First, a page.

Another fresh twist on a classic tale, done by Joe Wright. The love story brings moments of both incredible lightness and dramatic intensity, enhanced by the stage sets and rhythm. However, those feelings don't last for long, which dims the power of the movie.
A beautiful effort of scenery, photography and music. However, the script falls short to compel the vastness of its predecessor. Knightley tries to revive the flatness of the story (although her male counterpart is sadly not as good). A good ensemble, visually unforgettable, but with a dragging storytelling.
Almost impossible to adapt, Wright has a damn good go at the Tolstoy classic. Meta-frames of narration (play in a play construct) add a stylistic flair which is superbly applied. Knightley, Johnson and Law all shine. By no means perfect, but convincingly side-stepping claims of mediocrity.
Don't expect paltry things like character psychology to push through the set pieces. I think there's about an hour of formal whiz-bangery that you'd be a fool to resist, and then a few things that are, like, two-shots. And it's edited so that the actors feel like they are exchanging lines of pre-written dialogue as quickly as possible. Law (!), Knightley are still in exceptional form. This feels Italian.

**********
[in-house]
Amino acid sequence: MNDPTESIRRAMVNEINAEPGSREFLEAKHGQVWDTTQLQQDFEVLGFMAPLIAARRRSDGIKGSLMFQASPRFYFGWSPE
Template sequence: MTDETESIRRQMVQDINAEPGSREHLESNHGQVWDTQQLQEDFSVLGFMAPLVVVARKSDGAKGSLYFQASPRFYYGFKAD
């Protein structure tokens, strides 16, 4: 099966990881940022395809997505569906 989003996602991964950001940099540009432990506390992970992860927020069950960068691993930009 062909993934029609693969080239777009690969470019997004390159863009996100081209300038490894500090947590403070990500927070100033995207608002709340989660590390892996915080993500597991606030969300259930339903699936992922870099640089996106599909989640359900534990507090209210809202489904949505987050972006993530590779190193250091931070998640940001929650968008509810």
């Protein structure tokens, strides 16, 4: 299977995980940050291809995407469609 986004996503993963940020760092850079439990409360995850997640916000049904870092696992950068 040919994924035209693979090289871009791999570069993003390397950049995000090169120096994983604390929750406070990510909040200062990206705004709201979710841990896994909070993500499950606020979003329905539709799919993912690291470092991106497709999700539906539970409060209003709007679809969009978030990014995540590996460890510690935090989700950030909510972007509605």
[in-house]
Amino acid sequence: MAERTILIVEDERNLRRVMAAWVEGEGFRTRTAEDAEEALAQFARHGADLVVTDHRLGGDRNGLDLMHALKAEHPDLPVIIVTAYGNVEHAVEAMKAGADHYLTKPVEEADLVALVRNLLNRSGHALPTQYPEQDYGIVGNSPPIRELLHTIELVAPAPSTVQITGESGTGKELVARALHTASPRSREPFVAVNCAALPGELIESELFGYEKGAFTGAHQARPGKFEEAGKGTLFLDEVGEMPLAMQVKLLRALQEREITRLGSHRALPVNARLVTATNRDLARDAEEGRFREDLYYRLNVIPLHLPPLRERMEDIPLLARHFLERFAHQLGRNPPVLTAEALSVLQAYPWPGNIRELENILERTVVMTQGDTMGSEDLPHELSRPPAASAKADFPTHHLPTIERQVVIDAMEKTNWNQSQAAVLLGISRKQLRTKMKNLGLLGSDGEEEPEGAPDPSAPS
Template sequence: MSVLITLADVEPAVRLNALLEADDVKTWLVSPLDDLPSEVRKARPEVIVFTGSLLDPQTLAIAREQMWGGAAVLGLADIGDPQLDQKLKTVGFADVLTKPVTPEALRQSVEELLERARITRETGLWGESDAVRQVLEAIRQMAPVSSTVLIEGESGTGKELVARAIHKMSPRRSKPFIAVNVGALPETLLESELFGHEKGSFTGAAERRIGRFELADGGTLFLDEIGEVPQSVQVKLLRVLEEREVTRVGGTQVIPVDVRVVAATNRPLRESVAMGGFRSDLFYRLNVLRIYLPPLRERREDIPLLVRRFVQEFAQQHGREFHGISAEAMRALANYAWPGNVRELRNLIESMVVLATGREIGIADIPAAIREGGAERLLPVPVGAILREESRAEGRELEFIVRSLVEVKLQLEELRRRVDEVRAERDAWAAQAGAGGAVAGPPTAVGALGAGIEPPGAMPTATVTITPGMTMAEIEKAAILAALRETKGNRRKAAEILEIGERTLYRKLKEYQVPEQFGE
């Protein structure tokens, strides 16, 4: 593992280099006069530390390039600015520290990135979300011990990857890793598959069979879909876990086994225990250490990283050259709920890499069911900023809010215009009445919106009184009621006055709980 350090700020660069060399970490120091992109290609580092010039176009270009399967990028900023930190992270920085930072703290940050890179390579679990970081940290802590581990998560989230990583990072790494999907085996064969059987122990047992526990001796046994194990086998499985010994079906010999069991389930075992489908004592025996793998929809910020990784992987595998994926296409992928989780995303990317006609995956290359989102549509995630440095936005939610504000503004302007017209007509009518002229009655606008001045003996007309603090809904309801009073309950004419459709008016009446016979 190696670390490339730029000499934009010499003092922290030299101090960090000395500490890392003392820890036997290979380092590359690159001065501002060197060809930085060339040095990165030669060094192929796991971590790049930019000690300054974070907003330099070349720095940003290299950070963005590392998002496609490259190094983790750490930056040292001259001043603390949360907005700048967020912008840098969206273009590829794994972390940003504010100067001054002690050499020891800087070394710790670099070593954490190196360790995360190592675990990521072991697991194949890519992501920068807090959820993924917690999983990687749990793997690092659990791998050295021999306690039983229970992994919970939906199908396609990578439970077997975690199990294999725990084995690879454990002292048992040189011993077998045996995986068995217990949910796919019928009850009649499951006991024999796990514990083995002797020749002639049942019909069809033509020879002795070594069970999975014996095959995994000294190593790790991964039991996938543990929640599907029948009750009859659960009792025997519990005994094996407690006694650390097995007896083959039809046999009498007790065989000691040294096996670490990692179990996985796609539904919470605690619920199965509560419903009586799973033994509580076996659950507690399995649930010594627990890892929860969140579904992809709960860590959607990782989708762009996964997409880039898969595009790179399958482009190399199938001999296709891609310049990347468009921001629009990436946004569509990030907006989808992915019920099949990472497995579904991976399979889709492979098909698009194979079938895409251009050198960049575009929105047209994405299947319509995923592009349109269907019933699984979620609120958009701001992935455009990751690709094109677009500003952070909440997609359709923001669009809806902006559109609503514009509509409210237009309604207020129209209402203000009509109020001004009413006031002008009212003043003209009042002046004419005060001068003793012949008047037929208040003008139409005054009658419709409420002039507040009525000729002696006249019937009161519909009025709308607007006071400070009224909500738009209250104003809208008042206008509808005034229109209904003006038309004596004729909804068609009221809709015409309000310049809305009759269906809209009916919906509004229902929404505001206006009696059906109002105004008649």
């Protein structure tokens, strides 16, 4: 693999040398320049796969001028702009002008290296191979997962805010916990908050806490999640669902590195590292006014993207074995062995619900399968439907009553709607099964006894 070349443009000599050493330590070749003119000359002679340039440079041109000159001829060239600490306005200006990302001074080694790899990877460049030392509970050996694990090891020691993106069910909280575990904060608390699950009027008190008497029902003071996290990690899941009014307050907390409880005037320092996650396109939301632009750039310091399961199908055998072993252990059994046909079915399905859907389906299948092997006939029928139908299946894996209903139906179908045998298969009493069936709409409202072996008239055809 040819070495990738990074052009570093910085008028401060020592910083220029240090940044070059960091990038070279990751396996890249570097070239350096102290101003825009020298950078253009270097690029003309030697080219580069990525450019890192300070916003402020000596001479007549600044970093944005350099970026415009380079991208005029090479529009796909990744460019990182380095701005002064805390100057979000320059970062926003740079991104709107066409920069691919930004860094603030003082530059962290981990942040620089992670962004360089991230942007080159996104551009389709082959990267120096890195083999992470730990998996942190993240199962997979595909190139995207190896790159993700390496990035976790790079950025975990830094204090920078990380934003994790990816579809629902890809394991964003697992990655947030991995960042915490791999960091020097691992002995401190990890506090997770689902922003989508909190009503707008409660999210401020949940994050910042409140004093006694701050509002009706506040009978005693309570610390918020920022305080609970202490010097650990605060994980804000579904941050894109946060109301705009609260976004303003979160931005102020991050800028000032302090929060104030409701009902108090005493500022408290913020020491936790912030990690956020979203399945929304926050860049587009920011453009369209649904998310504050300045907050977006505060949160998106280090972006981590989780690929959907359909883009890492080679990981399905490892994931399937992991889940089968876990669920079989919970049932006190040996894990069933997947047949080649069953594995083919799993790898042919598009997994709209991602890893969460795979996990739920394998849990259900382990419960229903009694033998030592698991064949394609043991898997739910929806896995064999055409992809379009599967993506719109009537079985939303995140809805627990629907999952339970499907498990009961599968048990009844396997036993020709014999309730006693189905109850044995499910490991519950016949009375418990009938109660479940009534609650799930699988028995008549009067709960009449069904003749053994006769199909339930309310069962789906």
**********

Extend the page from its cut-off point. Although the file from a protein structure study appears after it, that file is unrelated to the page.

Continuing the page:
Joe Wright seems to be determined not only to put a fresh coat of paint on some absolute classics, but also to equip every great literary heroine with the face of Keira Knightley. With "Anna Karenina" he has perfected his signature style of theatrical and highly symbolic cinematography and delicate entanglement of sound and score. Like in "Atonement" he can't quite hold his tempo throughout the entire film though.
"The eye says: “Here is Anna Karenina.” A voluptuous lady in black velvet wearing pearls comes before us. But the brain says: “That is no more Anna Karenina than it is Queen Victoria.” For the brain knows Anna almost entirely by the inside of her mind—her charm, her passion, her despair. All the emphasis is laid by the cinema upon her teeth, her pearls, and her velvet." — Virginia Woolf, 1926